For lovers of nature and great adventure stories, this memoir is for you. Alvah Simon and his wife Diana sailed the tropical southern seas for years on a small sailboat, landing wherever they pleased, earning what money they needed, then moving on again. One of Alvah's life goals was to sail north to the Arctic, get the boat frozen into the ice pack, and winter over through the dark and the cold and inaccessibility. This book is the tale of that winter, and it's a great one. Simon is a very stro ...more
Good but he struggles with being slightly preachy. But I suppose that being self-indulgent in an autobiography is to be expected. Compelling to go on an adventure.
Oh oh - a book about boats - keels, rudders, outboard motors, rations and the 'dangers of the deep'. But although this book has all of these things, the writer describes so well the nature that surrounds him alongside his inner journey that we are drawn into this frozen world beyond our (well most of us) experience. Utterly absorbing and admirable.
I don't normally read these kinds of books but something drew me to it. I think it was the fact he brought along a cat to share the adventure! I enjoyed the book so much I looked up the couple online and read about more of their adventures. Amazing and I wish them the best!
Smart guy does a lot of smart things to get himself out of the stupid situation he put himself in.
Ed Smiley
This is a travel adventure story. But it is far more than that. It is evocative of the deepest and most mysterious longings of the human race.

This is a book worth reading, and in my case at least re-reading.

The book describes an attempt of the author to confront his demons in one last great adventure to winter in the far north along with his wife. Without adding spoilers, I would say that the adventure takes several unexpected turns, in a very human spiritual confrontation with loneliness, fear,
Peter Milligan
One of my favorite books of all time. Probably read this 15 times.
An amazing story of adventure and survival in the Artic Circle.
Great book. Really made me think about living, loving, and exploring and how that relates to my life. I would have liked to read more details about how they prepared for their trip and what a general schedule for them looks like. Basically I wish this book was hundreds of pages longer. I was sad when I finished I need to go research more books about sailing, living remotely, and the arctic. After finishing this book I googled the author and discovered that he has a sailing blog. I also ...more
Apr 14, 2015 Theres rated it 3 of 5 stars
Shelves: 2015
Heh, when I read this I was on an extreme journey of my own. I read it all within 36 hours, only sleeping for three of them. I also went to work. My sleep deprived state eventually led to inspiration: I decided to sleep outside and test the new sleeping bag, rated to 20 F. There's more to that story, but the point is, this book makes me want to get out of the house and do things. The poetry lies in the actions.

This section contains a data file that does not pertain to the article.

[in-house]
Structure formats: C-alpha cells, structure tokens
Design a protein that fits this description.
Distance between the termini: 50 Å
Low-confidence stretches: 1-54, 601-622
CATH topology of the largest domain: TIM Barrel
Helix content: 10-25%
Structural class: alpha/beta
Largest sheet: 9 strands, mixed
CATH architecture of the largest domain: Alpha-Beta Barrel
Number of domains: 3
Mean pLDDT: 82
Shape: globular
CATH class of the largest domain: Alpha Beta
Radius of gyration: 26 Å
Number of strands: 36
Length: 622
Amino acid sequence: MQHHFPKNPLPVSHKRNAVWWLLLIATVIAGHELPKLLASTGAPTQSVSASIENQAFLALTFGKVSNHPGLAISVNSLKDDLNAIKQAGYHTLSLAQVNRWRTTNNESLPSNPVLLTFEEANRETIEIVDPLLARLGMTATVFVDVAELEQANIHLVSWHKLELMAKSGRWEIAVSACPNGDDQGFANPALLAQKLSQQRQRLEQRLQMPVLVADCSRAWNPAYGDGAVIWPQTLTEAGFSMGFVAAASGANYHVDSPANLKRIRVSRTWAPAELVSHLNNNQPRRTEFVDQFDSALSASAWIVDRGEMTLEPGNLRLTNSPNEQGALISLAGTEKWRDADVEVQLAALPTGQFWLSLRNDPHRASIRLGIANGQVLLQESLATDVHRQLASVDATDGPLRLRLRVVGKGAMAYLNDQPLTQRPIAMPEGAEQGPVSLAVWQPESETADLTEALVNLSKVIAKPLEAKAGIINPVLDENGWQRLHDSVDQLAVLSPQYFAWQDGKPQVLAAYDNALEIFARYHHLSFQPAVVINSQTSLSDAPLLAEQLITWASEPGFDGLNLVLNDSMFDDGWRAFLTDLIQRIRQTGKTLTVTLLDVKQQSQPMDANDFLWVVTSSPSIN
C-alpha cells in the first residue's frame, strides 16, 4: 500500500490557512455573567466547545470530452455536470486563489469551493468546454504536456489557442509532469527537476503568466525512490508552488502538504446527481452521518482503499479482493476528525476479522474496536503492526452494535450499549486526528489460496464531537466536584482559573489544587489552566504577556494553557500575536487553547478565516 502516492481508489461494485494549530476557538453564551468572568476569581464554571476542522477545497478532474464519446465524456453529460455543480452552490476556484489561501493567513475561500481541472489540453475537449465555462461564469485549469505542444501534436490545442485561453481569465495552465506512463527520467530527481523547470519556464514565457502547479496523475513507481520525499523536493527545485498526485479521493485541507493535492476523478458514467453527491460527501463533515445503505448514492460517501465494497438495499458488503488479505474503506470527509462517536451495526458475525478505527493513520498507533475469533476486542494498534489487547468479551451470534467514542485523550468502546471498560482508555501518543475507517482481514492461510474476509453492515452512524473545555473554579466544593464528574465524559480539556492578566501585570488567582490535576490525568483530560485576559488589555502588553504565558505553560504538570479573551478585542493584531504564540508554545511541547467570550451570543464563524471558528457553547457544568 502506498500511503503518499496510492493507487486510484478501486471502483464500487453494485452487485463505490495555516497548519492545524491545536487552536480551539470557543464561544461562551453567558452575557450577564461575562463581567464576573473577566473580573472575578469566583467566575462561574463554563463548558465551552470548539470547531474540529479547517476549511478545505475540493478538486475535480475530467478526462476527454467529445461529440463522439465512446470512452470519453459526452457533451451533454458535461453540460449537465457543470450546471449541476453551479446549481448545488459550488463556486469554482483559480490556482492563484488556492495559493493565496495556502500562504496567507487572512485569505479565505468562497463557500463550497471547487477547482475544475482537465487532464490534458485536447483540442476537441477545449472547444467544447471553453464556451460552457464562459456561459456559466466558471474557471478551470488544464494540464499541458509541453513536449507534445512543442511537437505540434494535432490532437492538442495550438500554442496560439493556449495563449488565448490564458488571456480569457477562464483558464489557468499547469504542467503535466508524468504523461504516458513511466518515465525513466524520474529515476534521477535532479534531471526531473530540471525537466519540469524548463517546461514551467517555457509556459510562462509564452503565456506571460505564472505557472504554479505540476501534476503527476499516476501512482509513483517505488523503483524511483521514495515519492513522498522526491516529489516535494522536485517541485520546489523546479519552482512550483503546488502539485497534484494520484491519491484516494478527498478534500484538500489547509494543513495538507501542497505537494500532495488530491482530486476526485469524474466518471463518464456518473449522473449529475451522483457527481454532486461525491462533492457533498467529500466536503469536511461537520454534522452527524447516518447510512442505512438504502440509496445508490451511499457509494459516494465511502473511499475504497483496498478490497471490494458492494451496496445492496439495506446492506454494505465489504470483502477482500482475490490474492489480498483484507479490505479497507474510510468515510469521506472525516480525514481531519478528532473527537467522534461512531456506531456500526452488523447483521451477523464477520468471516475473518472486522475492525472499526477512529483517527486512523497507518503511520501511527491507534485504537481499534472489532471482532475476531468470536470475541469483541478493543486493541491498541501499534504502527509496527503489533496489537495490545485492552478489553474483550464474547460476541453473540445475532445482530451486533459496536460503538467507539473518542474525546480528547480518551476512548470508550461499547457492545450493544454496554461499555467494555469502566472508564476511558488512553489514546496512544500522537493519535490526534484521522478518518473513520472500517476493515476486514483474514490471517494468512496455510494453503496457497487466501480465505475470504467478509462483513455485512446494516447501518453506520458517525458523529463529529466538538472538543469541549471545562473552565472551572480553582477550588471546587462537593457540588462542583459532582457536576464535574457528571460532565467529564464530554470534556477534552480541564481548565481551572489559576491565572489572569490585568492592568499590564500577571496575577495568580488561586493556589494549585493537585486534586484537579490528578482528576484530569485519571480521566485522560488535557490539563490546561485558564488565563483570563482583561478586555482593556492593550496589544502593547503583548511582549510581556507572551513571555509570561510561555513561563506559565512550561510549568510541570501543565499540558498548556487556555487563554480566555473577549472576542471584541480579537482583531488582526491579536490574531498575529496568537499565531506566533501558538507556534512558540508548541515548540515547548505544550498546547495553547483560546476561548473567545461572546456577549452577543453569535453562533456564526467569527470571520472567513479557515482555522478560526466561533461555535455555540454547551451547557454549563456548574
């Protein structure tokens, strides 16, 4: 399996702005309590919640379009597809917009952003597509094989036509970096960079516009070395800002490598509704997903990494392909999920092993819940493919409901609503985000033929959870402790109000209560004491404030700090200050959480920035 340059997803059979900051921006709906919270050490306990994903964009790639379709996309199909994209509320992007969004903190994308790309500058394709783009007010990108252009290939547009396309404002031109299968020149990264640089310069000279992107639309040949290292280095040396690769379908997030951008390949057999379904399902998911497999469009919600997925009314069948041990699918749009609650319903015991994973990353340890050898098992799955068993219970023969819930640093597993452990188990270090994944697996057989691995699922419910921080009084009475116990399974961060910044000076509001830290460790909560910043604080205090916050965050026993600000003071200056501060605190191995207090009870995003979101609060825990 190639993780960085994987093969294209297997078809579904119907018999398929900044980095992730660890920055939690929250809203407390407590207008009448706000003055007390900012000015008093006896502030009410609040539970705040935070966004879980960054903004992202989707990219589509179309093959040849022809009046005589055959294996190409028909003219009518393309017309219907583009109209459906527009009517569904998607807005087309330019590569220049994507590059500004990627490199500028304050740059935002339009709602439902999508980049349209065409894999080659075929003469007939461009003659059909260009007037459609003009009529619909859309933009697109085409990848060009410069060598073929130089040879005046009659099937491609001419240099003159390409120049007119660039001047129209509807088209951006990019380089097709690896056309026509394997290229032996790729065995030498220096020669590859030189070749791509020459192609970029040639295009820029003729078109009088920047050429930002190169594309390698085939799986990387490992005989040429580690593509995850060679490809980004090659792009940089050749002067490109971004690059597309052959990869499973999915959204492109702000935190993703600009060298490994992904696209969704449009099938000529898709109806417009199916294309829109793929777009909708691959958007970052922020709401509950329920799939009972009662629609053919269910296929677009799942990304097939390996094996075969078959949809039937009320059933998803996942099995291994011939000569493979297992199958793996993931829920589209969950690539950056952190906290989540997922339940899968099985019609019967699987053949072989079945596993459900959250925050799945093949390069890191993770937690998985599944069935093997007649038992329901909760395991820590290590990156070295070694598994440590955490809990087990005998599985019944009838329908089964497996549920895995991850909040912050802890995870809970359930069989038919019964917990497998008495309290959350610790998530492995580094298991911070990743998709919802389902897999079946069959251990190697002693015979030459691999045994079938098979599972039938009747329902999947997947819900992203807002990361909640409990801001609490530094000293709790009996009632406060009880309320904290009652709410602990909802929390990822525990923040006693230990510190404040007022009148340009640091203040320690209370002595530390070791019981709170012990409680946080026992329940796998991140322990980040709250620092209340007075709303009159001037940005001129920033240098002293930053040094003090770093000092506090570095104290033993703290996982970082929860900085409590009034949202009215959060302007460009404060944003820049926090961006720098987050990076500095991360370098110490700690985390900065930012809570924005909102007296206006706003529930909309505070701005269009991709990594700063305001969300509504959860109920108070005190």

I seldom read nonfiction, but I'm glad I read this. It was a very easy read and hard t
Nov 25, 2013 Bruce added it
Shelves: adventure
Excellent account of what it would be like to spend a year in the arctic, frozen into the ice in a small sail boat for a good part of it. From the personal side, (how to spend time whilst the long arctic winter passes, life with a cat in the arctic), to the technical side (Staying in touch with the outside world, keeping the boat from sinking) to the explorer side (adventures with polar bears, gyre falcons, arctic foxes) this is a fascinating story. I truly enjoyed this book.
I loved this book, though like most of these true adventure novels, it's hard for me to imagine what motivates them to risk their lives the way they do. I particularly liked all the stuff in this book about the Arctic itself, the native people, the wild life, the danger of the ice, etc. Perhaps the only part I found hard to swallow is when he says he stared down the polar bear, shades of Davy Crockett. If that really happened, then this guy really is crazy.

Lindsay Eaton
This is an amazing book - the story of how Alvah and Diana Simon, together with Halifax the cat, sail their 36-foot steel cutter Roger Henry high above the Arctic Circle and winter in Tay Bay, Bylot Island. Great adventure story - very well-written - and full of fascinating detail about the landscape, the customs and culture of the Inuit people, the wildlife, sailing and heaps of other stuff - for me in was pretty much un-put-downable. Highly recommended.
Wonderful, beautiful, and thrilling story about a man's courage, determination, and spirituality. And a good geography lesson to boot. While some may think that the author and protagonist may have gone mad, in reality this is a tale of following your heart and its beckoning to the ultimate degree of soul searching and of geographic latitude. It's one of those book of which I have purchased several copies to give away to friends as gifts.
This is definitely a unique tale about a man who decides it would be a wise idea to sail his boat into the artic and freeze his boat in the ice for the winter. Even crazier is that his wife agreed to go with him.

I couldn't put it down because I had to know what the experience was like, but I had a hard time feeling at all sorry for him, because well, maybe humans aren't supposed to do these sorts of things.

Worth reading.
Is Alvah Simon completely nuts? What kind of person decides it would be a great idea to spend an entire winter in a small yacht marooned in the Canadian ice far north of the Arctic Circle, in one of the world's least hospitable environments? Still - this book is a gripping read and almost makes you want to chuck in your day job, buy a boat and head "north to Alaska" (or Canada, even)... almost being the operative word here.
Seth Robins
Very extreme adventure. Planning for quesstimated, but unpredicted, technical issues and learning from the Inuit when things really get hairy. Modern high tech equipment proved less than adequate in certain circumstances. Speaks to "old school" solutions and "in the now" spot creativity. The author's efforts to learn everything necessary to survive, and his ability to "figure stuff out" on the fly is captivating.
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North to the Night - a Year in the Artic Ice National Trust Handbook